Text messages released Friday indicate Boeing was warned about problems with 737 Max jets during simulated flights in 2016.

The text messages were handed over to safety regulators Thursday as investigations surrounding the Lion Air and Ethiopian Airline crashes continue. The messages were between employees at Boeing involved in simulation flights and testing to ensure the 737 Max, which have been taken out of service, was ready for use. However, the texts proved otherwise and highlighted the flight control issues that would cause both fatal crashes.

“It’s running rampant in the sim,” pilot Mark Forkner said in a text to a fellow employee, Reuters reported.

Forkner was one of the pilots testing the maneuvering characteristics augmentation system, or MCAS, designed to help address drift and avoid stalls. It’s believed problems with the system led to the both Lion Air and Ethiopian Airline flights going into uncontrolled nosedives, killing 346 people.

“I basically lied to the regulators [unknowingly],” Forkner said in another text. Another employee responded, saying: “It wasn’t a lie. No one told us that was the case.”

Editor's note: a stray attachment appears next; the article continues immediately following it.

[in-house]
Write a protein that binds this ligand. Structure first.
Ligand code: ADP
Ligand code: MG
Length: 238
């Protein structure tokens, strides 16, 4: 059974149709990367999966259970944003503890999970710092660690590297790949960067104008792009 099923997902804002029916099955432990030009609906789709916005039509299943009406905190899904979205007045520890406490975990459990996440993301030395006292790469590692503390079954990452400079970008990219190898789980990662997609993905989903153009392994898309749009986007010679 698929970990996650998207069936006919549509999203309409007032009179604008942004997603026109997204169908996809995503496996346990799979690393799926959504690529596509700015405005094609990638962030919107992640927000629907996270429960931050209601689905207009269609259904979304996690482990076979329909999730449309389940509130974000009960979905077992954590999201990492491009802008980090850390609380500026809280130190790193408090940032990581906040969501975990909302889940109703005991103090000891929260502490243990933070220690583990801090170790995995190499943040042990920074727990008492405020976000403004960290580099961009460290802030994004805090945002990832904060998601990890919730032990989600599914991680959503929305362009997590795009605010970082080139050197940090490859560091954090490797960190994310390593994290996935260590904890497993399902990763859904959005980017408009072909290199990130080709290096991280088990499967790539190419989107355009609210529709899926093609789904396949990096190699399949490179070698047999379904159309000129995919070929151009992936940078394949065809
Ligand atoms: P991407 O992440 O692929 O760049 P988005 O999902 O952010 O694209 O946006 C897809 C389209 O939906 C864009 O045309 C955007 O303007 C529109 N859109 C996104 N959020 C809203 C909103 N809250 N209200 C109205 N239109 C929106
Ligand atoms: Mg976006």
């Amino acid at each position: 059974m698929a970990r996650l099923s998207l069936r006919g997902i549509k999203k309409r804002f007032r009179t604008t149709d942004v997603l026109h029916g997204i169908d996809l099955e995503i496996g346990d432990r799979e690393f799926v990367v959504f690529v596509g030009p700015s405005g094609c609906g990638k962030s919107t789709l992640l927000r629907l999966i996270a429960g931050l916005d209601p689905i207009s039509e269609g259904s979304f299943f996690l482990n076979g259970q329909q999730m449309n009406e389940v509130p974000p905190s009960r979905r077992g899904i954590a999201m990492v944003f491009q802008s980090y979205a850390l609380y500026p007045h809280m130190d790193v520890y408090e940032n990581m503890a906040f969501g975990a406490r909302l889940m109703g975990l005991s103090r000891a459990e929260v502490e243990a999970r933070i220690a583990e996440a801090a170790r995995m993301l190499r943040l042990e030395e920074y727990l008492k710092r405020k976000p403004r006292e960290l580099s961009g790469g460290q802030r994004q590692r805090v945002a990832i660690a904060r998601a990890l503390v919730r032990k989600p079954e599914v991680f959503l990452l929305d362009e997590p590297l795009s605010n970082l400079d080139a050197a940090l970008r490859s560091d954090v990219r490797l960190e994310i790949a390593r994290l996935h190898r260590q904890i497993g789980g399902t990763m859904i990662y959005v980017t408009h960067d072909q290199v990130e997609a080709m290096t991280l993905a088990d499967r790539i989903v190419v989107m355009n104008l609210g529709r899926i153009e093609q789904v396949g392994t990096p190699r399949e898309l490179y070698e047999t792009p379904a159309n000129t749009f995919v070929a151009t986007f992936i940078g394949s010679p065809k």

The texts are dated November 2016. However, it was also revealed Forkner had approached the Federal Aviation Administration about removing mentions of the MCAS system from the Max’s flight manual. The FAA approved it, believing at the time the system would activate on rare occasions and didn’t present any potential flight risk.

In response to the texts, FAA Administrator Stephen Dickson sent a letter to Boeing chief executive Dennis A. Muilenburg Friday, demanding to know why the texts weren’t handed over sooner.

“I expect your explanation immediately regarding the content of this document and Boeing’s delay in disclosing the document to its safety regulator,” Dickson wrote, the New York Times reported.

Muilenburg is scheduled to appear at a Senate Commerce Committee hearing on Oct. 29 and before a House panel Oct. 30.

US aviation regulators criticized Boeing for not immediately disclosing documents central to investigations of the 737 MAX after two deadly crashes US aviation regulators criticized Boeing for not immediately disclosing documents central to investigations of the 737 MAX after two deadly crashes Photo: AFP / Jason Redmond